100 Days, 102 Housed
by Paul Bass | Aug 5, 2014 3:41 pm
Posted to: Housing, Social Services
New Haven discovered a quick way to find homes for over 100 chronically homeless people: working together.
That simple discovery emerged at a briefing and “roundtable” held Tuesday afternoon for Connecticut’s two U.S. senators.
Organizers of a “100-Day Challenge to End Homelessness” held the event at the United Way offices on James Street to discuss results of a campaign begun in mid-April. The campaign aimed to find permanent housing by August for 75 percent of New Haven’s “chronically” homeless population—people who have been living on the streets consecutively for a year or periodically for three years; and who have chronic mental health or substance abuse problems. The target number of people to house was 107.
The campaign’s underlying goal is eventually to end homelessness (rather than relying on temporary shelters), in part by having agencies that deal with the homeless work as a team rather than in “silos.”
Two key results announced Tuesday:
• The coalition found homes for 102 of the 107. Forty-three are already in apartments. Another 59 have been “matched” to homes, meaning the campaign has found them places and the paperwork is in progress.
• That “match” process got a whole lot shorter. It used to take up to three years to find a person permanent supportive housing and then finally get the person moved in, organizers claimed. In this campaign the “match” process was shortened to 30 days.
“We should all pat ourselves on the back. We have made significant strides toward ending homelessness,” remarked Columbus House chief Alison Cunningham (pictured).
How that happened led to a more enduring story. As part of the 100-day campaign, agencies from the Columbus House shelter and Christian Community Action to United Way and city government and housing authority to Yale to the hospital to health clinics and social-service agencies worked as a team. They prepared a single form for everyone to use in signing up for housing. They compiled one list of chronically homeless people seeking housing. Liaisons kept track of where those people were week to week; previously, someone on a list might disappear from view for months after landing in the hospital, say, observed Cunningham. The team worked together to speed up paperwork for the “match” process, with Yale-New Haven Hospital setting up two locations for obtaining medical records and even the Department of Motor Vehicles waiving fees two days a week. (Click here for a story about the paperwork strategy.)
The team plans to follow up with the 102 people helped in the campaign to see if they remain in the homes, and how to address reasons some may not. Right now no date has been set for the follow-up, according to organizer Leigh Shields-Church of Shelter Plus Care.
“You have shown if we come together ... if we share resources, we can make a difference in this community,” Mayor Toni Harp (pictured) told the group.
The coordinated approach, participants vowed, will stay in place as they continue the campaign to end, not just temporarily respond to, homelessness. The 100-day campaign revealed that there’s plenty of work left to do: The campaign reported that 687 homeless individuals and families overall (including the smaller group of chronically homeless) are living here.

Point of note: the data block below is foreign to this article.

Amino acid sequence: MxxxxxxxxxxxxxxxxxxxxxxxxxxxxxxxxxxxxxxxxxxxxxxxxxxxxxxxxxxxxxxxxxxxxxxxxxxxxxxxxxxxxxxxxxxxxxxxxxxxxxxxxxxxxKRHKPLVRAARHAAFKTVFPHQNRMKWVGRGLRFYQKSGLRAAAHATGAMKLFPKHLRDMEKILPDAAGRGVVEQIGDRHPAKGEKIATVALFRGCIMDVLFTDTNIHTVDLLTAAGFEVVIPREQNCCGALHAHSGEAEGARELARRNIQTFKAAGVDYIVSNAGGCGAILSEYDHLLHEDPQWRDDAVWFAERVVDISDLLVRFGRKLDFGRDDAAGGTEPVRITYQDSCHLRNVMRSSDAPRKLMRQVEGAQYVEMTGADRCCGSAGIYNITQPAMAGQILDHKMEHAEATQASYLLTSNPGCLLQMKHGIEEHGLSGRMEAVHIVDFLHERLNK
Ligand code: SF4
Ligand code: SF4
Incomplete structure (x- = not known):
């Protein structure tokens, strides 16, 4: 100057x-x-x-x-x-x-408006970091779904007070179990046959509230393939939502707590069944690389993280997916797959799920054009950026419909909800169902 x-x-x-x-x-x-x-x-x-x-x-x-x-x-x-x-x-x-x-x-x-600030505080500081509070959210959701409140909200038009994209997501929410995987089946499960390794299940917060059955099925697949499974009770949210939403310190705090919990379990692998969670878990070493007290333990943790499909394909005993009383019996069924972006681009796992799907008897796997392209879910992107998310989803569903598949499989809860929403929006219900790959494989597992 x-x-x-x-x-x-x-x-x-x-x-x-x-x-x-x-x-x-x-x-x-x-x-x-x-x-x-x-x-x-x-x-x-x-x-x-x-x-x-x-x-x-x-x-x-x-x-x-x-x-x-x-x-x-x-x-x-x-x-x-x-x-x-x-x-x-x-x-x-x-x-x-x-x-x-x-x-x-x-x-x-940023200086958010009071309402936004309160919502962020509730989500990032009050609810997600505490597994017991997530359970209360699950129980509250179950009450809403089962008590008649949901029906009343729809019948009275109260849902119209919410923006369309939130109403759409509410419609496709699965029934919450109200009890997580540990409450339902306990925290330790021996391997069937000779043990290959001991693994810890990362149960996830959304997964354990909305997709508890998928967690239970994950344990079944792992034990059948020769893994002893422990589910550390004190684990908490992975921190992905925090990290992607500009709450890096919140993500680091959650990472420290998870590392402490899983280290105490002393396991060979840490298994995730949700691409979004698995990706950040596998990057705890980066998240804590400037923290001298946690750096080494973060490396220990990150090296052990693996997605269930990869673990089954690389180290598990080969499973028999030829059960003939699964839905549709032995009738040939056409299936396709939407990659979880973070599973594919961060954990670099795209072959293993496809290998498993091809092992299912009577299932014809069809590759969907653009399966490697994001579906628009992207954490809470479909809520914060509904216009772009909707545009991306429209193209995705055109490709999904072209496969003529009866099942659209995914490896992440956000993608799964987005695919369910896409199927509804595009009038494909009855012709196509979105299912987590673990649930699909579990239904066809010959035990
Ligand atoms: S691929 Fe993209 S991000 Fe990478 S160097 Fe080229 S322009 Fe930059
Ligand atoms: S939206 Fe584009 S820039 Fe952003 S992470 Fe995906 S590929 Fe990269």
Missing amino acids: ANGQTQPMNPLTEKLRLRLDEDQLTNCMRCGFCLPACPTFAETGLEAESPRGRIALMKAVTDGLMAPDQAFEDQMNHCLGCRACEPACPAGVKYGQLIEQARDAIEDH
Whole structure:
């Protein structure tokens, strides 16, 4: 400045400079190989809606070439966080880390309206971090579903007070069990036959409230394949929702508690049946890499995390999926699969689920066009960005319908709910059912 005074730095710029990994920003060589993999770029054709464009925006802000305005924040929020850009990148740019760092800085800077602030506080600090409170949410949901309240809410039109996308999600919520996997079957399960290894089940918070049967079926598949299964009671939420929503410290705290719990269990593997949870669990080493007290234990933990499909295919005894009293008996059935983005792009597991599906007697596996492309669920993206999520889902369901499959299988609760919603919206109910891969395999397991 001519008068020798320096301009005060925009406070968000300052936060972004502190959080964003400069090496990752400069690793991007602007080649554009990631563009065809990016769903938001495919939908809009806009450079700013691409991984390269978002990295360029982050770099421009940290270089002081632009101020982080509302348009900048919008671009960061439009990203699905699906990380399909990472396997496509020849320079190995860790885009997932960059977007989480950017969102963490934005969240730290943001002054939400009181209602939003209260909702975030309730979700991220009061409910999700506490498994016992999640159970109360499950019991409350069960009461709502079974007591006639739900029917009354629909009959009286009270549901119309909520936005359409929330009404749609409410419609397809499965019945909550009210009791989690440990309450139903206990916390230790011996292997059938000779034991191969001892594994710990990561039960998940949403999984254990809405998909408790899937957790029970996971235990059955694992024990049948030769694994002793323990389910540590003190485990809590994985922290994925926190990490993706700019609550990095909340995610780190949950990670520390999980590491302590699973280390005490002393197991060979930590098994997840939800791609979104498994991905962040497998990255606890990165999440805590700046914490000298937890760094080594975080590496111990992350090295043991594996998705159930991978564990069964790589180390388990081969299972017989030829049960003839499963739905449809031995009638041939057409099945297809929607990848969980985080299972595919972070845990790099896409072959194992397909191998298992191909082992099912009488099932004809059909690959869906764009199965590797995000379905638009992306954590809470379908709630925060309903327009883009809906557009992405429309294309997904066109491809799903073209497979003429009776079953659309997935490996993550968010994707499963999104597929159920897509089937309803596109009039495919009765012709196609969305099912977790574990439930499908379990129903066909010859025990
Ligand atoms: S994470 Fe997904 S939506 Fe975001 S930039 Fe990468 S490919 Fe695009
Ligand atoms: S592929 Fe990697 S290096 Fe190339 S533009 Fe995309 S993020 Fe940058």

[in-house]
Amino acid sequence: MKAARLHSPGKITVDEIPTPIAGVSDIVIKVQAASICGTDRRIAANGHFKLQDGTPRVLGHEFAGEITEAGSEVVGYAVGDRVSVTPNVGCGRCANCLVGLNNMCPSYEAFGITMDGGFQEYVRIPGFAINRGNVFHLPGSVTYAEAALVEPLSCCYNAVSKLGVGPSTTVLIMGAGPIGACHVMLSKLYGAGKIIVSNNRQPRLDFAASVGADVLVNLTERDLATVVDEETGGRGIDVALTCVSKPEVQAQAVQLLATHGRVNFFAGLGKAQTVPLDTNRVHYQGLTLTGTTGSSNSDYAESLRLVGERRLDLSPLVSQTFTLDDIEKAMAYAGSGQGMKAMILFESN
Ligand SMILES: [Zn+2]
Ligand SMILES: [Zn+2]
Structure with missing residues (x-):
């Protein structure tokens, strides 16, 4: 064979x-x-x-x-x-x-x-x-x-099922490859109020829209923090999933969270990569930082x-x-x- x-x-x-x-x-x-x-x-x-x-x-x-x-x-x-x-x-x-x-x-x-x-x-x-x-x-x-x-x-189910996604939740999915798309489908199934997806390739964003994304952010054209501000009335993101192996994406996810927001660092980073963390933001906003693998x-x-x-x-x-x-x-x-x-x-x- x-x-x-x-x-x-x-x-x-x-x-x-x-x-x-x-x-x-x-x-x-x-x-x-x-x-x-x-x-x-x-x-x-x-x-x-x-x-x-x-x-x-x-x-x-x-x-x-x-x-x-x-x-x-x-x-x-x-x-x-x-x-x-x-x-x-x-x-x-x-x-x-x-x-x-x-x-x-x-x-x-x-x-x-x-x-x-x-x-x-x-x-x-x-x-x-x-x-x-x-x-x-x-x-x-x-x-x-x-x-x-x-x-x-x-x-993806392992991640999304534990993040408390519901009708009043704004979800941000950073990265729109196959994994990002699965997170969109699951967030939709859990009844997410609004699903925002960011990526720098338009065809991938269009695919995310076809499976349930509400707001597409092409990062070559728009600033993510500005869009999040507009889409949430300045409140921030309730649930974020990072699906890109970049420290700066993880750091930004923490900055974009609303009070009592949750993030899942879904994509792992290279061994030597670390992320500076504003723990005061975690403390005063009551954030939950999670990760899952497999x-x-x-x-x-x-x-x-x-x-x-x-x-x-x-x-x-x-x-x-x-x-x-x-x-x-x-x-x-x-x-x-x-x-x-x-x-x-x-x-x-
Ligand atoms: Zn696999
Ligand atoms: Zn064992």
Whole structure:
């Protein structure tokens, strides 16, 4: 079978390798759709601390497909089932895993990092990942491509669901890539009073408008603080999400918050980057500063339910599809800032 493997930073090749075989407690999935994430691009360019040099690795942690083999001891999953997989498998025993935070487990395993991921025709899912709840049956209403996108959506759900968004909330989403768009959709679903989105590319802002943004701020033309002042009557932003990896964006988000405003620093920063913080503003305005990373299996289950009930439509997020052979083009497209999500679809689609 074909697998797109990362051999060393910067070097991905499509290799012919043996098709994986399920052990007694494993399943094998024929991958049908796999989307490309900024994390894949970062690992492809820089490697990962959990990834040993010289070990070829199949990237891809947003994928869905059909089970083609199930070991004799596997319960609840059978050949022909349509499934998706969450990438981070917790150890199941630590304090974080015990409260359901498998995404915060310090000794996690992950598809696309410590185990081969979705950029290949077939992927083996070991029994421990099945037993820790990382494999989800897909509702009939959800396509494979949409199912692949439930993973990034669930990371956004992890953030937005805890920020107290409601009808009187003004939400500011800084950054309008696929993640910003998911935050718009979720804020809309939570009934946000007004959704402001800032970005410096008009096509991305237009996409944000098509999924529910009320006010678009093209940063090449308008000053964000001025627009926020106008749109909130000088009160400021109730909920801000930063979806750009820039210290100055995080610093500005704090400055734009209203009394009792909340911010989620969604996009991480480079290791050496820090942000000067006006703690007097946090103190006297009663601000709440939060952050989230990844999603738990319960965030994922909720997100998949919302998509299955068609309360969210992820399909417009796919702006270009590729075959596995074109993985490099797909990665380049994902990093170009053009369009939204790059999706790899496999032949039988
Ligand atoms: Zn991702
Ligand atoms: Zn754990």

Previous coverage of the 100-day campaign:
• 98 Homeless People Win “Golden Tickets”
• 100-Day Challenge Homes In On Homeless
• 100-Day Homelessness Crusade Hits The Streets
• Help House The Homeless
• 100-Day Homelessness Challenge Kicks Off
• 3 Arrested, 86 Matched To Housing
Tags: homeless, homelessness, 100-day challenge
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Congratulations to all who worked on this effort.
No one believes the challenge ends here, but a positive outcome is in the process.
Now on to Phase 2.
NOW we only have 600 to go aside from the homeless folks they missed, the ones I see every day in my neighborhood and on the Green. According to this news provider 30 people a year die homeless in New Haven.
Sen. Dick Blumenthal has 86 million according to the NY TIMES. I wish he would spend some of this on New Haven homeless housing. Yale only contributed $5000.
Not to be obnoxious, Wendy1, But I cant help challenge your thinking that Yale only gave 5000, but I am pretty sure the hospital and school of medicine have “given” a lot more in either free emergency care or unpaid medical bills. I have to believe a lot of Yale students have given as well, and in the same manner as you have. Kudos to anyone who volunteers or gives monetarily no matter how great or small
What’s obnoxious is that the really really rich dont give a damn. Yale has a 20 billion dollar endowment, a hedge fund, untold land holdings, a school in Singapore, the 4th largest US hospital and for them $5000 is small change, the equivalent of you handing out a dime. And Blumenthal is the 4th richest senator!!!
By the way, I suggest you talk to homeless men and women some of whom have been denied care or attention in the ER because they are vagrants or noisy or assumed to be substance abusers and drug seekers. Our wonderful medical institution is biased—-the poor are discards while the well-off are VIP’s. To be poor and penniless (homeless) is to be denied respect, good service, and more. At least when I worked at Bellevue, homeless could sleep in the lobby without a hassle.